Morbus Crouzon and severe Obstructive Sleep Apnoea

Obstructive sleep apnoea (OSA) is a highly prevalent sleep disorder that affects 2% of female and 4% of male population. The major risk factors for OSA is obesity. Less common causes of OSA may be various congenital craniofacial anomalies. The presented case report has introduced an adult male patient with Crouzon syndrome (CS), rare genetic disease leading to craniofacial deformities, who was referred to sleep laboratory with the suspicion of sleep disordered breathing.

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The patient was a 28 years old man who was diagnosed with CS at the age of 2. He underwent craniotomy during childhood. He often suffered from headaches and vertigo, was regularly seen by neurologist and also by psychiatrist because of depression. He was nonsmoker, worked as IT specialist. His mother died at the age of 38 due to sudden death during sleep, he did not know the exact reason.
Symptoms: were lasting for one year: severe loud snoring and witnessed apnoeic episodes during night present every night, excessive daytime sleepiness (EDS), often headaches.

Physical examination:

Eupnea, acyanosis, turricephaly, facial dysmorphism, exophthalmos (Figure 1 and 2).
Weight: 85 kg, height 175 cm, BMI: 27.76 kg/m2.

Imaging methods:

Overnight polysomnography showed an apnoea–hypopnoea index (AHI = average number of apnoeic and hypopnoeic episodes per hour of sleep) of 91.4 episodes/hour with oxygen desaturation index (ODI) of 91.0 episodes/hour, with severe desaturations of average saturation 87%, minimum saturation was 37%. Dominant type of respiratory episodes were obstructive apnoeic episodes, the longest episode with length of 82 seconds (Figure 3 and 4). Episodes of second degree atrioventricular block, type Mobitz II, were noticed on electroencephalography (ECG) at night (Figure 5).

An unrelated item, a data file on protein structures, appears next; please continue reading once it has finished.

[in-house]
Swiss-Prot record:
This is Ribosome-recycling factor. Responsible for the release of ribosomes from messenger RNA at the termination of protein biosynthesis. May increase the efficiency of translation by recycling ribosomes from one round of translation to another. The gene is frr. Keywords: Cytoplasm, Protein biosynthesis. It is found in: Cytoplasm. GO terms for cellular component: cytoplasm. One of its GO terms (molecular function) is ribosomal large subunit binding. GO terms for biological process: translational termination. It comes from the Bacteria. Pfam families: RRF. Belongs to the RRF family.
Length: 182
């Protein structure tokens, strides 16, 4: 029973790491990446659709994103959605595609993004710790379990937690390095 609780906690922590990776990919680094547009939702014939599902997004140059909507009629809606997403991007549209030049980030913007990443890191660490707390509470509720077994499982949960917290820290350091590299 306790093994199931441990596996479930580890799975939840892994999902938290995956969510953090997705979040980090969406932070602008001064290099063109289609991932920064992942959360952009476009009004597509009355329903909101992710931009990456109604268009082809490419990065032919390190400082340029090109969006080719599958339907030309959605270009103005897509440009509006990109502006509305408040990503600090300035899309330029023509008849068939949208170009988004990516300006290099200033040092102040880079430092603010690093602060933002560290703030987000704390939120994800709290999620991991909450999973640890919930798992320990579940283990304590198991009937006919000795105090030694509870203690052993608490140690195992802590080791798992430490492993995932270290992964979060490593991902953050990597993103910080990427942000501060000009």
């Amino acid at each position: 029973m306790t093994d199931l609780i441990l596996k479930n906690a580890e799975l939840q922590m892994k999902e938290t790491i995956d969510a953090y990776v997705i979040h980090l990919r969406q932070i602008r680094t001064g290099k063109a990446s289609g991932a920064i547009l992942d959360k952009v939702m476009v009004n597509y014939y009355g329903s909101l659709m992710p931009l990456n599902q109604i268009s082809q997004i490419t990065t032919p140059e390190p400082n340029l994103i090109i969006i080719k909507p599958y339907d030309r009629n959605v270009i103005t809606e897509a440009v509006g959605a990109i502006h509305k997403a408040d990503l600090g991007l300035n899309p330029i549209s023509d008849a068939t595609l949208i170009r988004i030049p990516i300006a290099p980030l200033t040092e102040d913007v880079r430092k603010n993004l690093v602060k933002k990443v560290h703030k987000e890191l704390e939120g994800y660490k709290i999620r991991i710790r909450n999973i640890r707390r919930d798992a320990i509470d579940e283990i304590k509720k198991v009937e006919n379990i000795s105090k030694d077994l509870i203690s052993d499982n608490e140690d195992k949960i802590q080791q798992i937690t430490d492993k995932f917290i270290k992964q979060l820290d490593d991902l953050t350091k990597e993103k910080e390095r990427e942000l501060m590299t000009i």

Nasal continuous positive airway pressure (CPAP) treatment with manual titration of therapeutic pressures was the first choice of treatment (Figure 6 and 7). Initially, the patient suffered from aerophagia but after adjustment of pressure settings AHI and ODI were effectively reduced to 8.8 and to 9.3 episodes/hour. Therapeutic CPAP pressure was 12.5 cmH2O. There were no episodes of heart rhythm disturbances while on CPAP. The patient tolerated CPAP well, subjectively he reported improvement in the quality of sleep and being almost completely refreshed after night sleep. At the control at 3 years his compliance with CPAP remained to be very good.


Obstructive sleep apnoea
Crouzon syndrome


Crouzon syndrome is an autosomal dominant genetic disorder caused by mutation in the fibroblast growth factor receptor 2 genes. CS has a prevalence of 1:60 000 live births with male to female preponderance of 3:1. The syndrome is characterized by premature synostosis of coronal and sagittal sutures leading to facial dysmorphism, skull deformities and exophthalmos, mental status is normal. Orofacial manifestations of this disease include maxillary hypoplasia, external nasal deformity and prognathism. Airway distress is a well described feature of this syndrome and both upper and lower airway obstruction may be present in the Crouzon syndrome. Due to airway obstruction as a result of anatomical midfacial hypoplasia, patients with CS are prone to obstructive sleep apnoea with an estimated prevalence between 40 and 85%. For majority of patients, an individual treatment plan is necessary to make as CS often has different phenotypes and different severity of OSA.
Our case report suggest that nasal CPAP treatment was a useful treatment modality of OSA with improvement of nocturnal saturations, normalization of ECG and subjective reduction of daytime OSA symptoms in a middle-aged male patient with Crouzon syndrome.

Authors declare the case report will not be published in any national or international publications.

Classification ICD-10:

G47.3 Sleep apnea, Q75.1 Craniofacial dysostosis

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